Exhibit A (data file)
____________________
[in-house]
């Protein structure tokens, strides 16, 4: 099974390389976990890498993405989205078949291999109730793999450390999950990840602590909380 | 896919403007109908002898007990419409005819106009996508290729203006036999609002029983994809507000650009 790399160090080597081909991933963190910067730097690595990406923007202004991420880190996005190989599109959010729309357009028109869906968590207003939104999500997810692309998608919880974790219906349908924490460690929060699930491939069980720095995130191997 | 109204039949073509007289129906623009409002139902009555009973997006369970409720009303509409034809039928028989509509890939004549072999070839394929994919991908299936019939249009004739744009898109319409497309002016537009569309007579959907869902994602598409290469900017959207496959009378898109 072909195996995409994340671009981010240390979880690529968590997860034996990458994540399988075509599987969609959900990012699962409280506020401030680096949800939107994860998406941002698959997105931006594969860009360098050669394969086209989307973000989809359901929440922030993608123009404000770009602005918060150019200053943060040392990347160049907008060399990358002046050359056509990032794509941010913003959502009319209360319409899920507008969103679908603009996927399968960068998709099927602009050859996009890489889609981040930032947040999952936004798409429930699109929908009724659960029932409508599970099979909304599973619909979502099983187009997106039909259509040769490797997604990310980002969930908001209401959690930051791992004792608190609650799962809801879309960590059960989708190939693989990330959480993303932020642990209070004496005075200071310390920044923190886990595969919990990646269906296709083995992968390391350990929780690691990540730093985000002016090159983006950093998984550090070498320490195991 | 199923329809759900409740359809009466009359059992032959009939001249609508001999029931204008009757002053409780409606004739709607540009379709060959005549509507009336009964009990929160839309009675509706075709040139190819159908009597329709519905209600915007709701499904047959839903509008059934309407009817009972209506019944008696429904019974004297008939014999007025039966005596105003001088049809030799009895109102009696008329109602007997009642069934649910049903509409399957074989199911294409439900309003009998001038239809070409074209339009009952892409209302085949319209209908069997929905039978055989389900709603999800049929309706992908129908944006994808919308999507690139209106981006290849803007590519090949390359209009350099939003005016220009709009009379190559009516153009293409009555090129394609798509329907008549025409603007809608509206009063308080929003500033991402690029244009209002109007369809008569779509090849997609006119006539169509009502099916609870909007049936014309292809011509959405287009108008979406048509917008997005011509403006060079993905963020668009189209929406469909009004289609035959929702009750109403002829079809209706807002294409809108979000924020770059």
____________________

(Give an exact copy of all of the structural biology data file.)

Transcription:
[in-house]
């Protein structure tokens, strides 16, 4: 099974390389976990890498993405989205078949291999109730793999450390999950990840602590909380 | 896919403007109908002898007990419409005819106009996508290729203006036999609002029983994809507000650009 790399160090080597081909991933963190910067730097690595990406923007202004991420880190996005190989599109959010729309357009028109869906968590207003939104999500997810692309998608919880974790219906349908924490460690929060699930491939069980720095995130191997 | 109204039949073509007289129906623009409002139902009555009973997006369970409720009303509409034809039928028989509509890939004549072999070839394929994919991908299936019939249009004739744009898109319409497309002016537009569309007579959907869902994602598409290469900017959207496959009378898109 072909195996995409994340671009981010240390979880690529968590997860034996990458994540399988075509599987969609959900990012699962409280506020401030680096949800939107994860998406941002698959997105931006594969860009360098050669394969086209989307973000989809359901929440922030993608123009404000770009602005918060150019200053943060040392990347160049907008060399990358002046050359056509990032794509941010913003959502009319209360319409899920507008969103679908603009996927399968960068998709099927602009050859996009890489889609981040930032947040999952936004798409429930699109929908009724659960029932409508599970099979909304599973619909979502099983187009997106039909259509040769490797997604990310980002969930908001209401959690930051791992004792608190609650799962809801879309960590059960989708190939693989990330959480993303932020642990209070004496005075200071310390920044923190886990595969919990990646269906296709083995992968390391350990929780690691990540730093985000002016090159983006950093998984550090070498320490195991 | 199923329809759900409740359809009466009359059992032959009939001249609508001999029931204008009757002053409780409606004739709607540009379709060959005549509507009336009964009990929160839309009675509706075709040139190819159908009597329709519905209600915007709701499904047959839903509008059934309407009817009972209506019944008696429904019974004297008939014999007025039966005596105003001088049809030799009895109102009696008329109602007997009642069934649910049903509409399957074989199911294409439900309003009998001038239809070409074209339009009952892409209302085949319209209908069997929905039978055989389900709603999800049929309706992908129908944006994808919308999507690139209106981006290849803007590519090949390359209009350099939003005016220009709009009379190559009516153009293409009555090129394609798509329907008549025409603007809608509206009063308080929003500033991402690029244009209002109007369809008569779509090849997609006119006539169509009502099916609870909007049936014309292809011509959405287009108008979406048509917008997005011509403006060079993905963020668009189209929406469909009004289609035959929702009750109403002829079809209706807002294409809108979000924020770059």